You are heroes. More than me. Maybe one day you’ll look around and you’ll see the world like I have to, and you’ll know I did the right thing. Or at least you’ll understand why I did it.
Secret War, a masterpiece by writer Brian Michael Bendis and artist Gabriele Dell’Otto, is the best graphic novel ever produced by Marvel Comics. Blinded by diplomacy and arrogance, the United States government refuses to acknowledge the imminent danger as a foreign threat continues to grow. How far will one man go to defend his country? The decisions made, and their consequences, will forever change one of Marvel’s most iconic legends.
Luke Cage and Jessica Jones return home to find a strange woman standing by the window. Suddenly, Cage’s apartment explodes in a bright, white light. Cage takes the brunt of the explosion, sparing his wife-to-be. He is rushed to the hospital where he lapses into a coma and is diagnosed with severe trauma to his internal organs. He needs emergency surgery, but the doctors have no way of breaking his steel-hard skin. Cage’s fate is now in the hands of God, and the question on top of everyone’s list is, “Why?”
When Nick Fury, director of S.H.I.E.L.D. (Strategic Hazard Intervention, Espionage and Logistics Directorate), arrives, he is the first to be accused by Jones. Her question, pointedly stated, “Do you know who did this to him? I mean, why are you here? See what I’m saying?”
One year ago, Fury noticed an increase in the quality and power of technology held by some of the world’s deadliest villains, and he was shocked to learn that the funding for that technology came from Latveria, a new Latveria that had supposedly rehabilitated itself in the eyes of the world after the death of its former dictator, Dr. Victor Von Doom. Despite clear evidence of the threat, the President refused to accept the reality of the situation. After Doom’s death, the United States had sent several million dollars in aid to Latveria and even arranged the election of the country’s current Prime Minister, Lucia Von Bardas. The President assured Fury that, if there were a problem, it would be dealt with diplomatically. To Fury, this was unacceptable. He had presented clear evidence that the United States was in danger, and the federal government has refused to acknowledge it. For Fury, there was no choice between diplomacy and the safety of innocent people. He couldn’t let this happen.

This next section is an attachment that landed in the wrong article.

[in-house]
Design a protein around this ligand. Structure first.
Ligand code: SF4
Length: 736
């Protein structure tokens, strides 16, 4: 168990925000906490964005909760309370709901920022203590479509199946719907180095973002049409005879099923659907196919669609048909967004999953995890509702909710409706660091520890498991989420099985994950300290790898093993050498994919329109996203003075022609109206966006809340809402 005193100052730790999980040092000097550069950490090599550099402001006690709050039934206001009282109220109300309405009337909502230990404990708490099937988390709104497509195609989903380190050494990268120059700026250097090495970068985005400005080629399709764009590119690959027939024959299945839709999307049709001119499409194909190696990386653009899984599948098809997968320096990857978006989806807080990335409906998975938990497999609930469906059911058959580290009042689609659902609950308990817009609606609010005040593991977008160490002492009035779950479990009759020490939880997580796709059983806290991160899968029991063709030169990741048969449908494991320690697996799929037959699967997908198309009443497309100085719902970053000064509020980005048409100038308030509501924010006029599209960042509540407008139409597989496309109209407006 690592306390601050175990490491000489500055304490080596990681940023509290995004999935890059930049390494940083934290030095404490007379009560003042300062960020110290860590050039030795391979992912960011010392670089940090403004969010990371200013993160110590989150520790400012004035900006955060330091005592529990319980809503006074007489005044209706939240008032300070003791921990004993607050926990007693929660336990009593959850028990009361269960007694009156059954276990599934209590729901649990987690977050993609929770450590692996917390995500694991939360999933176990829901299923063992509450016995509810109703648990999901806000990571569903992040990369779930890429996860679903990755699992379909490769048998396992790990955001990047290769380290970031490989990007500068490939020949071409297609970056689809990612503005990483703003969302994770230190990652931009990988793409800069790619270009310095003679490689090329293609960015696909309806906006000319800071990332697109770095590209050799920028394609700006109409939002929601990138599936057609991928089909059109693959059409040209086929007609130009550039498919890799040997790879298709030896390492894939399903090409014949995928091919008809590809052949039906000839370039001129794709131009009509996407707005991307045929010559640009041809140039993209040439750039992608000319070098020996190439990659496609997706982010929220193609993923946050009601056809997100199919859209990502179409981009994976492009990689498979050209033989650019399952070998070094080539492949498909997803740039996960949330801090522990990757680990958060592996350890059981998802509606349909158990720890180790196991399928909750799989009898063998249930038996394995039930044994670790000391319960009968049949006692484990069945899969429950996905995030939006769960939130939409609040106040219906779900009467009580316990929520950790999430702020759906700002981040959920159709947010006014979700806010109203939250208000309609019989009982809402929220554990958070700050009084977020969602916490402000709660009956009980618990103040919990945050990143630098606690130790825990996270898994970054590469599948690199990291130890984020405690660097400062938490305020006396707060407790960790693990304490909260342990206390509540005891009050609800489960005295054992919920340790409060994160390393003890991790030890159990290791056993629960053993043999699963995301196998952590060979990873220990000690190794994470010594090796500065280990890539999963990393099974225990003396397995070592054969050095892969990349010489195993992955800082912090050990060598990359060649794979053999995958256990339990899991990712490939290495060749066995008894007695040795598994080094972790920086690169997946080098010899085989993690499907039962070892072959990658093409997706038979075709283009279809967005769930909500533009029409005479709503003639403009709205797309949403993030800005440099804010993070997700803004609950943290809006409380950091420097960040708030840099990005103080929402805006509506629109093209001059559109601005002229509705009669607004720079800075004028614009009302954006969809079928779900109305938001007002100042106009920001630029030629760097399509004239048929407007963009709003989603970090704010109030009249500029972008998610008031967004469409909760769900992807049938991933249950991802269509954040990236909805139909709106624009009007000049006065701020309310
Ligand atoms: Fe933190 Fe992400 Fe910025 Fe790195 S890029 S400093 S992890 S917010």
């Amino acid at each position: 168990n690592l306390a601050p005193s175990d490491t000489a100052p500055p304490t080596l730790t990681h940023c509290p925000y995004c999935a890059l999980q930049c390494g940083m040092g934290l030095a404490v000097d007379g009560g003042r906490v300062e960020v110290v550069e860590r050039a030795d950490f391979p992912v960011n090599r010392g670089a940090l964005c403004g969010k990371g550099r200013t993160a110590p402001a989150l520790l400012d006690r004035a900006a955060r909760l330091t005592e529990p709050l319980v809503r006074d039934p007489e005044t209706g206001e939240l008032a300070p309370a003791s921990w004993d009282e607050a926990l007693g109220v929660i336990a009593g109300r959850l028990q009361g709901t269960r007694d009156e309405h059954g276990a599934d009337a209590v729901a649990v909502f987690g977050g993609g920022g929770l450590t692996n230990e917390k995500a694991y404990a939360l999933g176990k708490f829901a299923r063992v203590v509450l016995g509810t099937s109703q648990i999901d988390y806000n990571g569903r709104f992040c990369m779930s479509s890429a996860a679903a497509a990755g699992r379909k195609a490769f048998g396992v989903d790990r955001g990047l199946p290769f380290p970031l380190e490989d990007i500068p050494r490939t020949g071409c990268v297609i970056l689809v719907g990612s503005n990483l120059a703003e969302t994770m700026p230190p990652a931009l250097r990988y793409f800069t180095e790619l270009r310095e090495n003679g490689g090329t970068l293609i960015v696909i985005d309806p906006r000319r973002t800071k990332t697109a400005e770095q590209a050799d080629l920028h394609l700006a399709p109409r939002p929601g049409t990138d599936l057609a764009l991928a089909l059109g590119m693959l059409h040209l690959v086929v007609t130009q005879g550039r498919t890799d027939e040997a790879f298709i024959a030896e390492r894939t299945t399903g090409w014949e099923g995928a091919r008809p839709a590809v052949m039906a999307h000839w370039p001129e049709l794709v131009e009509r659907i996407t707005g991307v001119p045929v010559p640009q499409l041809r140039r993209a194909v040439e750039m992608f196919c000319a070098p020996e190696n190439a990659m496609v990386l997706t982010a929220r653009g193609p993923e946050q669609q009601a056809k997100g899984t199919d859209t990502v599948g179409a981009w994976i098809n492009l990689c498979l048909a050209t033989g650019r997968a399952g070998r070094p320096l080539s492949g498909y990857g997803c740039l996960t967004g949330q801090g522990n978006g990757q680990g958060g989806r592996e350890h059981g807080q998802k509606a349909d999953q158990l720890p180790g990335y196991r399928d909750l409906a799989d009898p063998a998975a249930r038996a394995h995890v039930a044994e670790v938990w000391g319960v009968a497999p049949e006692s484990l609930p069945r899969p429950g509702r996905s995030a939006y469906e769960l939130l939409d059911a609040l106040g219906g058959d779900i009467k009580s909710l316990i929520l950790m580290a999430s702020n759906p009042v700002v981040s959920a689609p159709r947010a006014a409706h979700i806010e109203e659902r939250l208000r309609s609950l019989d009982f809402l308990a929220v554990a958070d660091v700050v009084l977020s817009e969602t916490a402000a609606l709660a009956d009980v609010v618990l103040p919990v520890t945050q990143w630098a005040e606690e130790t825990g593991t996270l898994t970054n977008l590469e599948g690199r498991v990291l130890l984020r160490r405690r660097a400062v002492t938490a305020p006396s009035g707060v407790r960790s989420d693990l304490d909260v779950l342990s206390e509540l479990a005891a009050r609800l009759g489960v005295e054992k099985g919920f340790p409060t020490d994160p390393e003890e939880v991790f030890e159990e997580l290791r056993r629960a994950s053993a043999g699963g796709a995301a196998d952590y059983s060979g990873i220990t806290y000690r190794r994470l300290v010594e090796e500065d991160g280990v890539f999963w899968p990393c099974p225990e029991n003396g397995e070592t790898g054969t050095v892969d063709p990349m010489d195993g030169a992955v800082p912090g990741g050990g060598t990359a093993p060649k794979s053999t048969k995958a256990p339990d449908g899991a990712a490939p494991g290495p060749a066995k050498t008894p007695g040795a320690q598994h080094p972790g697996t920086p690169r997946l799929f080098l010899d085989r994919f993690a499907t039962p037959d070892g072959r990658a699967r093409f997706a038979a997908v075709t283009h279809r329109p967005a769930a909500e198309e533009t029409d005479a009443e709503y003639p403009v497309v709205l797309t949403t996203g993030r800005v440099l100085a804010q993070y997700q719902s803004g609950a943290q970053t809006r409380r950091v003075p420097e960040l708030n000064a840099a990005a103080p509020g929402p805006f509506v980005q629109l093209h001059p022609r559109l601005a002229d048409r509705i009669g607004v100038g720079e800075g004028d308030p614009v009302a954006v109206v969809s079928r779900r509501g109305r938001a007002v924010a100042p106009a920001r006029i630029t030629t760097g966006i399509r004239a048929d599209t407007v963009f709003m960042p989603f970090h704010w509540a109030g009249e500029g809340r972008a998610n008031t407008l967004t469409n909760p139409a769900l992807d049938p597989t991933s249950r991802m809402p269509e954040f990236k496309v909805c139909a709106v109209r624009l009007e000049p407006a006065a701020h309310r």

Fury rapidly assembled a team of the world’s greatest, yet most misunderstood heroes: Luke Cage, Daredevil, Spider-Man, Captain America, Wolverine, Black Widow, and fellow S.H.I.E.L.D. agent Daisy Johnson. With no knowledge of the mission at hand, they departed under false identities and rendezvoused with Fury to prepare for the overthrow of Latveria’s government.
In the present, Peter Parker (Spider-Man) has been having nightmares of himself and other heroes fighting hordes of technology-powered soldiers. He joins Matt Murdock (Daredevil) on a trip to see Cage at the hospital when they are suddenly attacked by two technology-powered villains. Meanwhile, Steve Rogers (Captain America) barges into Cage’s hospital room after being attacked in front of his home. He is shocked to see what has happened to his friend, and immediately lashes out at Fury screaming, “Damn you for what you did to us!”
Something happened on that mission one year ago. Something that only Fury and Rogers remember. And those who were harmed during that operation, those who lost the war, are back for revenge. What was Fury willing to do to protect his country, and will he be able to face the consequences of his actions? Does the end ever justify the means?
Brian Michael Bendis’ story is a dark tale packed with mystery, drama, and action. The dark, emotional, and character-driven drama of Secret War has led it to be agreeably titled as, “The Darkest Chapter in Marvel Universe History”.
Gabriele Dell’Otto’s art is beautifully painted on every page. It brings the emotion of every scene to life and captures the darkness and characterization of Bendis’ story in a way that I have not seen since Alex Ross’ work on Kingdom Come.
Secret War is a must-have for any fan of great artwork and a great story. It is a tale of right and wrong, of sacrifice, and of consequence, the ramifications of which will be felt for years to come.
This review was previously published on Splash Panel on October 22, 2006.